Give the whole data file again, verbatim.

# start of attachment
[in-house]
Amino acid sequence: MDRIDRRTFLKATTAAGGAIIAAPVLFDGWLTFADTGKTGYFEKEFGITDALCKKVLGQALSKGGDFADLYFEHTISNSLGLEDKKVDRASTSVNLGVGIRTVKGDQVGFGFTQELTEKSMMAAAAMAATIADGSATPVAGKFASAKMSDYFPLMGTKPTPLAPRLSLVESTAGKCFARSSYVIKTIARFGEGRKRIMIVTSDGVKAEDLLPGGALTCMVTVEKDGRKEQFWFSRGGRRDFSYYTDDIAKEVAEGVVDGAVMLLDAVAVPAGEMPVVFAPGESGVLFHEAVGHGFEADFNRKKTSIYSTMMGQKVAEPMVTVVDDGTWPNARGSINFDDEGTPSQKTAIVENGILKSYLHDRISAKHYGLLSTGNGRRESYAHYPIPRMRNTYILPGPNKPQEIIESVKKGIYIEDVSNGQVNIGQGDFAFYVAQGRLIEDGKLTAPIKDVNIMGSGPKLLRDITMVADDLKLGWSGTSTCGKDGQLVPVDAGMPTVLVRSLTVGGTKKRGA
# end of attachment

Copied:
[in-house]
Amino acid sequence: MDRIDRRTFLKATTAAGGAIIAAPVLFDGWLTFADTGKTGYFEKEFGITDALCKKVLGQALSKGGDFADLYFEHTISNSLGLEDKKVDRASTSVNLGVGIRTVKGDQVGFGFTQELTEKSMMAAAAMAATIADGSATPVAGKFASAKMSDYFPLMGTKPTPLAPRLSLVESTAGKCFARSSYVIKTIARFGEGRKRIMIVTSDGVKAEDLLPGGALTCMVTVEKDGRKEQFWFSRGGRRDFSYYTDDIAKEVAEGVVDGAVMLLDAVAVPAGEMPVVFAPGESGVLFHEAVGHGFEADFNRKKTSIYSTMMGQKVAEPMVTVVDDGTWPNARGSINFDDEGTPSQKTAIVENGILKSYLHDRISAKHYGLLSTGNGRRESYAHYPIPRMRNTYILPGPNKPQEIIESVKKGIYIEDVSNGQVNIGQGDFAFYVAQGRLIEDGKLTAPIKDVNIMGSGPKLLRDITMVADDLKLGWSGTSTCGKDGQLVPVDAGMPTVLVRSLTVGGTKKRGA